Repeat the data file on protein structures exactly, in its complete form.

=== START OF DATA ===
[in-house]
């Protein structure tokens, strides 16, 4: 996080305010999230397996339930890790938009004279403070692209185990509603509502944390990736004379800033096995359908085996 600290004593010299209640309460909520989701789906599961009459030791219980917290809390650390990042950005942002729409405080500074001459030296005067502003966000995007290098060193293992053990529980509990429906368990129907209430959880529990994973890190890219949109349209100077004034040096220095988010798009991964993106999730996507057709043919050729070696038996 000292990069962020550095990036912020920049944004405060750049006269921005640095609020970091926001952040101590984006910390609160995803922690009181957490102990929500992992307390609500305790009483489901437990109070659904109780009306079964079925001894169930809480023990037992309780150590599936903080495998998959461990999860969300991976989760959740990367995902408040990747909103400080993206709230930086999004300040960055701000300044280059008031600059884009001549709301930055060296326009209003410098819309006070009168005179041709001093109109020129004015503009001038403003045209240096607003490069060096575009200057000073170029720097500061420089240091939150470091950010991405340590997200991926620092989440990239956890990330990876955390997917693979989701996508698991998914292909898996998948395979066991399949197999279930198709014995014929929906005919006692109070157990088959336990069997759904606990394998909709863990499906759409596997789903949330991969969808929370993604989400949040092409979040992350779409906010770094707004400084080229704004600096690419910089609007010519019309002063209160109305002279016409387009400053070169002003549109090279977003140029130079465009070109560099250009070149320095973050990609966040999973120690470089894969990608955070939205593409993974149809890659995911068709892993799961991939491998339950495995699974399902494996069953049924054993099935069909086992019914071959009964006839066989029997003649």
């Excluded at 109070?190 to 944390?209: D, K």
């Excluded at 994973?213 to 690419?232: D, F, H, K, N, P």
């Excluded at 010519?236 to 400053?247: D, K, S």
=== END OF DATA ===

[in-house]
């Protein structure tokens, strides 16, 4: 996080305010999230397996339930890790938009004279403070692209185990509603509502944390990736004379800033096995359908085996 600290004593010299209640309460909520989701789906599961009459030791219980917290809390650390990042950005942002729409405080500074001459030296005067502003966000995007290098060193293992053990529980509990429906368990129907209430959880529990994973890190890219949109349209100077004034040096220095988010798009991964993106999730996507057709043919050729070696038996 000292990069962020550095990036912020920049944004405060750049006269921005640095609020970091926001952040101590984006910390609160995803922690009181957490102990929500992992307390609500305790009483489901437990109070659904109780009306079964079925001894169930809480023990037992309780150590599936903080495998998959461990999860969300991976989760959740990367995902408040990747909103400080993206709230930086999004300040960055701000300044280059008031600059884009001549709301930055060296326009209003410098819309006070009168005179041709001093109109020129004015503009001038403003045209240096607003490069060096575009200057000073170029720097500061420089240091939150470091950010991405340590997200991926620092989440990239956890990330990876955390997917693979989701996508698991998914292909898996998948395979066991399949197999279930198709014995014929929906005919006692109070157990088959336990069997759904606990394998909709863990499906759409596997789903949330991969969808929370993604989400949040092409979040992350779409906010770094707004400084080229704004600096690419910089609007010519019309002063209160109305002279016409387009400053070169002003549109090279977003140029130079465009070109560099250009070149320095973050990609966040999973120690470089894969990608955070939205593409993974149809890659995911068709892993799961991939491998339950495995699974399902494996069953049924054993099935069909086992019914071959009964006839066989029997003649």
């Excluded at 109070?190 to 944390?209: D, K």
């Excluded at 994973?213 to 690419?232: D, F, H, K, N, P």
């Excluded at 010519?236 to 400053?247: D, K, S």